Google Glass elicits privacy questions from Congress
Many Congressman were enthusiastic following their sneak preview of Google Glass, but others expressed grave misgivings concerning the issue of personal space and privacy rights. These legislators are asking Google some serious questions.
Earlier this week, Google representatives held Google Glass demonstrations at the beginning and the end of meetings of a privacy caucus, allowing Congressional members to try on the much anticipated devices.
The glasses come with cameras in them. This has prompted the sending of a list of questions asking about the implications to the public’s expectation of privacy. The letter was delivered to Google CEO and co-founder Larry Page, and comes from Rep. Joe Barton (R-Texas) and seven other members of the Congressional Bi-Partisan Privacy Caucus.
“As members of the Congressional Bi-Partisan Privacy Caucus, we are curious whether this new technology could infringe on the privacy of average Americans,” begins the letter. “Because Google Glass has not yet been released and we are uncertain of Google’s plans to incorporate privacy protections into the device, there are still a number of answered questions that we share.”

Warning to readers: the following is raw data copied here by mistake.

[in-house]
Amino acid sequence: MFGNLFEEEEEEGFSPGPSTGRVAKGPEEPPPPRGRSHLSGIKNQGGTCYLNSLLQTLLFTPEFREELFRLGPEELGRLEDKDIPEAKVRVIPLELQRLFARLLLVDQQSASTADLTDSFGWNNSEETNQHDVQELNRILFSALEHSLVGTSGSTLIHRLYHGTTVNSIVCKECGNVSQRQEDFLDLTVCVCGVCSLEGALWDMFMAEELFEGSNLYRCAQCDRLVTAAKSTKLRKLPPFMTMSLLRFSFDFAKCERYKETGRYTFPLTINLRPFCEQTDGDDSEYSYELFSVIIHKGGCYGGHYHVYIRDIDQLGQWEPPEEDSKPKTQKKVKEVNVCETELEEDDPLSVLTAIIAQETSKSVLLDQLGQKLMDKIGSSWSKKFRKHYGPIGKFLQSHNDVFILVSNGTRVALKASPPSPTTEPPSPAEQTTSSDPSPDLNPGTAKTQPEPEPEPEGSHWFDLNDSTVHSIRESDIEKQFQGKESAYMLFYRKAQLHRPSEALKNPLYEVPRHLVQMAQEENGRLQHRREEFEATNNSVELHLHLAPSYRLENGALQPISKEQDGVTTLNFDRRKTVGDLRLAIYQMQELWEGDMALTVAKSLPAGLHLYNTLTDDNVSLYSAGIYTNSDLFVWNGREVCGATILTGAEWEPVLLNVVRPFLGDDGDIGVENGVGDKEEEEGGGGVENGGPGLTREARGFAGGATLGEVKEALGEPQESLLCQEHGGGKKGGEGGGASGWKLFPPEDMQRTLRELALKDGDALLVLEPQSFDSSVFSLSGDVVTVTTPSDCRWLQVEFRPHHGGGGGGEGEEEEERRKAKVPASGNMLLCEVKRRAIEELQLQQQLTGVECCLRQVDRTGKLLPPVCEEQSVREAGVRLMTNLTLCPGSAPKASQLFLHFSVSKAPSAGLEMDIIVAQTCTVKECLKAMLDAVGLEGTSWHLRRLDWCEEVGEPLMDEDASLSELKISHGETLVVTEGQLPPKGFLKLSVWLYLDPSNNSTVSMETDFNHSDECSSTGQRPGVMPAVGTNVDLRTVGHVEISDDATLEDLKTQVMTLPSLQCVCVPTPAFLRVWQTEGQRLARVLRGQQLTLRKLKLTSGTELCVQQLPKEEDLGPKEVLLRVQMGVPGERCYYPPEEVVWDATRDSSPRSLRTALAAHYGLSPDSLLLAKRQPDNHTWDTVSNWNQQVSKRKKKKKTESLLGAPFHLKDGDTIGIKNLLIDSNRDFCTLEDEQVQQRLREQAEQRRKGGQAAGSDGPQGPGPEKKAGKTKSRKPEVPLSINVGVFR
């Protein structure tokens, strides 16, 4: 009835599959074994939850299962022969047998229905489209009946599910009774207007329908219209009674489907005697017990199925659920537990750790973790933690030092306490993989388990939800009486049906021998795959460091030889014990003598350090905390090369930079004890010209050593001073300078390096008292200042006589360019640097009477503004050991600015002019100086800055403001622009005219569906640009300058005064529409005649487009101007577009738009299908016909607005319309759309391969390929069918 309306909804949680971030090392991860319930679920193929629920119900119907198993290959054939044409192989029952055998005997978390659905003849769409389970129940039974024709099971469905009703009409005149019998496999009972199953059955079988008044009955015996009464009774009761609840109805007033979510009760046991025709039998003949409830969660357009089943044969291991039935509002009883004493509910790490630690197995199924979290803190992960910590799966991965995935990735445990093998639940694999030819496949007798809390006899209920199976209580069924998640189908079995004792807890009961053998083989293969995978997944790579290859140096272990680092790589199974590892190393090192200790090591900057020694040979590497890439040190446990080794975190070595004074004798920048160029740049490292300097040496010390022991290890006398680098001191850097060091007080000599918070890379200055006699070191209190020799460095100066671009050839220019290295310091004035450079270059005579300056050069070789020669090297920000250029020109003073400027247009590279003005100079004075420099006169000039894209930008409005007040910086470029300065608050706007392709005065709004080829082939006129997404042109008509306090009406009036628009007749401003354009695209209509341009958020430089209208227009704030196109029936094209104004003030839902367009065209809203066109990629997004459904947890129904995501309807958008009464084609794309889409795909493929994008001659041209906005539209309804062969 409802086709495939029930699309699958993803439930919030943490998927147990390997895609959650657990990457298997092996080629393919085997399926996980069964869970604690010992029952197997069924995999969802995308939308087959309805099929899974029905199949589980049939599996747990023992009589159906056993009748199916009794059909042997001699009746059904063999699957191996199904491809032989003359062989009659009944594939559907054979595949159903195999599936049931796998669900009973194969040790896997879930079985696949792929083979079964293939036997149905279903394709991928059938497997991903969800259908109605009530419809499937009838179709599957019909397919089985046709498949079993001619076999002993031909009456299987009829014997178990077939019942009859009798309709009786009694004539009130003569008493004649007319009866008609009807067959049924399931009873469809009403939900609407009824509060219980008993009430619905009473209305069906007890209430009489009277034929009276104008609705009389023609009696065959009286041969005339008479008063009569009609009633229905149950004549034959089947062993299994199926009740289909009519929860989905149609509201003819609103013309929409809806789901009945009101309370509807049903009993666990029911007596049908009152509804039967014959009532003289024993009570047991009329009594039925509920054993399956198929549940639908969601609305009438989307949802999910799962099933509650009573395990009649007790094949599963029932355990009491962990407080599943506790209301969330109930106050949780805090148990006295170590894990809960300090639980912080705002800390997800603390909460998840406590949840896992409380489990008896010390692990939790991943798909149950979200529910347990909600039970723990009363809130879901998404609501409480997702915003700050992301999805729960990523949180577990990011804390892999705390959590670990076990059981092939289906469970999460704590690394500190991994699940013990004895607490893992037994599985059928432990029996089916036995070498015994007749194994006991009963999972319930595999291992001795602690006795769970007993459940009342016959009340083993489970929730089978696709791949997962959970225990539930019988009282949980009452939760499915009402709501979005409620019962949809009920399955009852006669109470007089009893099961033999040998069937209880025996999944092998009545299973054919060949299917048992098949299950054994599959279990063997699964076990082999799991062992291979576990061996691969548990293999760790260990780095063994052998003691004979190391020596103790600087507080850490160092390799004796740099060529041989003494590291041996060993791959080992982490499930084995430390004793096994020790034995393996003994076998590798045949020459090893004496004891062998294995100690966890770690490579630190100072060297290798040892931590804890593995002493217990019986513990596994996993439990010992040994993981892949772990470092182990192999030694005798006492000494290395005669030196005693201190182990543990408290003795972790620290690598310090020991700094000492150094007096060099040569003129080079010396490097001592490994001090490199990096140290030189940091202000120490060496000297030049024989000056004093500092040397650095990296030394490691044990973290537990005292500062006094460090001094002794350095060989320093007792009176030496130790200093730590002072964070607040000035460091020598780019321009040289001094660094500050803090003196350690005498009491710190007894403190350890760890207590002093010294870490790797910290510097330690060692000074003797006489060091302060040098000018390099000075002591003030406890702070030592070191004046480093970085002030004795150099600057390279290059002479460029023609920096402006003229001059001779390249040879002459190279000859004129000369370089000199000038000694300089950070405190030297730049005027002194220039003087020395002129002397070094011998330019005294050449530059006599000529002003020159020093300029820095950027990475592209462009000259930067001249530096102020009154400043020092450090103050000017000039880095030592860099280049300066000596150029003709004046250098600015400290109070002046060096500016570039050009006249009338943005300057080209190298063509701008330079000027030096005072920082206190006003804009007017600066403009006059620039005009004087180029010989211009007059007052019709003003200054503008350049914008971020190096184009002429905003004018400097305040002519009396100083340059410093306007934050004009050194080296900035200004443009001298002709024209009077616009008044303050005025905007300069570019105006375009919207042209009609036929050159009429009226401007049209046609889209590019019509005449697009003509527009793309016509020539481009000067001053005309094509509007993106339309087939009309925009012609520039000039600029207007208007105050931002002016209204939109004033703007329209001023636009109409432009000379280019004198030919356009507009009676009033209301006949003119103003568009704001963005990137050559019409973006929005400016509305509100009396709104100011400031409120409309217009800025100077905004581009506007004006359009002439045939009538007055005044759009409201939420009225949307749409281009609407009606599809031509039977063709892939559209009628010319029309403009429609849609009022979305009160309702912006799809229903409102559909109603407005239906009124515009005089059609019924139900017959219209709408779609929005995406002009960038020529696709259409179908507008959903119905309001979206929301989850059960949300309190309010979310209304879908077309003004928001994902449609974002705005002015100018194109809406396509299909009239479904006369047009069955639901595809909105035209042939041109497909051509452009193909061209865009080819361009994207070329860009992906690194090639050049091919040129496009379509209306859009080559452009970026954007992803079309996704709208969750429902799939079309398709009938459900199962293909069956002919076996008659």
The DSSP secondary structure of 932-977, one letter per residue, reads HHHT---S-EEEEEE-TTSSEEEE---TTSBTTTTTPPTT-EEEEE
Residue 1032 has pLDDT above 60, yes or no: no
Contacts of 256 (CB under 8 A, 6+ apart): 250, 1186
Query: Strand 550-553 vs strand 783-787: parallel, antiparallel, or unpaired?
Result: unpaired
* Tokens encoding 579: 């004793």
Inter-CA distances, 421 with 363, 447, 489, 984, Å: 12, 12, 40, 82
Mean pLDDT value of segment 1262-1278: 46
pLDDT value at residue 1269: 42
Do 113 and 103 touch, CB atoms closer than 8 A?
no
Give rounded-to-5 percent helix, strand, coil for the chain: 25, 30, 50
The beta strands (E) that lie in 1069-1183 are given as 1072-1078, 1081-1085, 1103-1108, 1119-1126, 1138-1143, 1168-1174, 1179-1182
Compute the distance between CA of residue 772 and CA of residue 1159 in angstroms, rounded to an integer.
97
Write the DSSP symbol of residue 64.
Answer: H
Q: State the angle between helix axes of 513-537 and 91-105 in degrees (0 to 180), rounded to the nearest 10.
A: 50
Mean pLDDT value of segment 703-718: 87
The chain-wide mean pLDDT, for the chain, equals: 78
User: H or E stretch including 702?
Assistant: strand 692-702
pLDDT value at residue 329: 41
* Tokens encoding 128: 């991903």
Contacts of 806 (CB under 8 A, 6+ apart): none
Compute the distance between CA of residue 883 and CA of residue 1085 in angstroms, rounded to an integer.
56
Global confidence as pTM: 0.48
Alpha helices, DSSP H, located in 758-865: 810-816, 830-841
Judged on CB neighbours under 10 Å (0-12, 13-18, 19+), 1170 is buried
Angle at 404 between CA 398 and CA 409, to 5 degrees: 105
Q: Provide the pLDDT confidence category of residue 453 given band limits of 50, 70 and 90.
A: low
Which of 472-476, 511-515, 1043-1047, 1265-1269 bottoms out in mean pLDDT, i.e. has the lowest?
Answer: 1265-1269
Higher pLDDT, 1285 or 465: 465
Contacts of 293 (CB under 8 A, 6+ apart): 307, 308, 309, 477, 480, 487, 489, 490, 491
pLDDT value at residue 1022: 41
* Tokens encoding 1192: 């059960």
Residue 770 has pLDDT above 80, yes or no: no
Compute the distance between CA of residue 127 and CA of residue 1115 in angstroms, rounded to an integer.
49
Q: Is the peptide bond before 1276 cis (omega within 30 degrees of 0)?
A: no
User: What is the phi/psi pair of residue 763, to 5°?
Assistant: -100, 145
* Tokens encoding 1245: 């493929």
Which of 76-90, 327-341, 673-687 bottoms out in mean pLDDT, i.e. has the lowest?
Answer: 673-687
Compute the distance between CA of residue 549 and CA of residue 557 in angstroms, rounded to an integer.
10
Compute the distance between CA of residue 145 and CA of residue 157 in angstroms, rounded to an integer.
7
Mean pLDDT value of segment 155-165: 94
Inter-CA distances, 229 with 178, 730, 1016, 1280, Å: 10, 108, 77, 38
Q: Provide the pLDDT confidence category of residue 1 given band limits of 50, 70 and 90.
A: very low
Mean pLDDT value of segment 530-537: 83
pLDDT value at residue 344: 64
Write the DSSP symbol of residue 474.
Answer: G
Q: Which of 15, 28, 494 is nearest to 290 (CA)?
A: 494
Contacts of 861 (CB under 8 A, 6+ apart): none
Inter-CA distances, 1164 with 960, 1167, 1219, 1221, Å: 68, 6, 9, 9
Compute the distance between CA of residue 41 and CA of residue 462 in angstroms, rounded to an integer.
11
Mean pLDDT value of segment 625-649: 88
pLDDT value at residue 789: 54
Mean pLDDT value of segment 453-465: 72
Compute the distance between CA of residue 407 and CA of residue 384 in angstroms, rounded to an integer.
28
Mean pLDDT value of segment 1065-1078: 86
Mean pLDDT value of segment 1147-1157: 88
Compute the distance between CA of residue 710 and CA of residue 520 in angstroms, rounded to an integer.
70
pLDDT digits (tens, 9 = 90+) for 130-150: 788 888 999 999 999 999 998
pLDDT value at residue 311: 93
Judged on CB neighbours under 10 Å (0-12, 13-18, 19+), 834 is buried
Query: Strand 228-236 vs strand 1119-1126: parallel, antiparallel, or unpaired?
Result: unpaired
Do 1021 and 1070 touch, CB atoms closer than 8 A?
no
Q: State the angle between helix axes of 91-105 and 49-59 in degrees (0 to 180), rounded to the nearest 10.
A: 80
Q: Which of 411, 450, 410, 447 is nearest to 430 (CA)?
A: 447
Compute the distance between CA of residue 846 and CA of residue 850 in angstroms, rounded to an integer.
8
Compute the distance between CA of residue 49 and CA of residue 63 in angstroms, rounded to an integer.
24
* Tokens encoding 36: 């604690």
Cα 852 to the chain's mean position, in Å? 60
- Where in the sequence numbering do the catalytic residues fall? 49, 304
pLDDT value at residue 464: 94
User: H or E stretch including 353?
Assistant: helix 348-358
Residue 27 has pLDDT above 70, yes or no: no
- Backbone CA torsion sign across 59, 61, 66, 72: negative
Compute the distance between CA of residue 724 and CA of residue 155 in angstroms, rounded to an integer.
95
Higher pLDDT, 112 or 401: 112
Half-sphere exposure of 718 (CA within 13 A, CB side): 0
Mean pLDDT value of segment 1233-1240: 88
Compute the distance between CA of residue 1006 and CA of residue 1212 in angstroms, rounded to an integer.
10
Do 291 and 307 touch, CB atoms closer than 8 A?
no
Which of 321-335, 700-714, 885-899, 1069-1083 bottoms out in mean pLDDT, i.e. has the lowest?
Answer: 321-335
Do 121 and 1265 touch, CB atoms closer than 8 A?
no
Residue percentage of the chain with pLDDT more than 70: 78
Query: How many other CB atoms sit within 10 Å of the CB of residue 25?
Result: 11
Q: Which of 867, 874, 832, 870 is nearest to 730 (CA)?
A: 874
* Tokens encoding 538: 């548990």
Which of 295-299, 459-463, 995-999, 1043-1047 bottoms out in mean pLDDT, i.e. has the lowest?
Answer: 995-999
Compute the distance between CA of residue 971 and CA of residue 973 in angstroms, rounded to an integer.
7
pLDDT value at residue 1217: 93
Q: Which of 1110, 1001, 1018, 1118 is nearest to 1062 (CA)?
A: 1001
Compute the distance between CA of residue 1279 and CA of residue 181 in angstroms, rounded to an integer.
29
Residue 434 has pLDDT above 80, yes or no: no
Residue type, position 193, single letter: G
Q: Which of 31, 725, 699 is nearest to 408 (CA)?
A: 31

The message contains eight questions. To begin, the internet giant’s previous proclivity for not taking their client’s privacy rights into consideration is addressed. The tome mentions that in 2010 Google didn’t ask for permission, but had gathered information from users over wireless networks. “…we would like to know how Google plans to prevent Glass from unintentionally collecting data about the user / non-user without consent?”
Further queries concern Glass’ built-in camera and its processing abilities. The lawmakers ask,”When using Google Glass, is it true that this product would be able to use Facial Recognition Technology to unveil personal information about whomever and even inanimate objects that the user is viewing?”
The privacy caucus has asked Google to officially respond to the letter by Friday, June 14, 2013.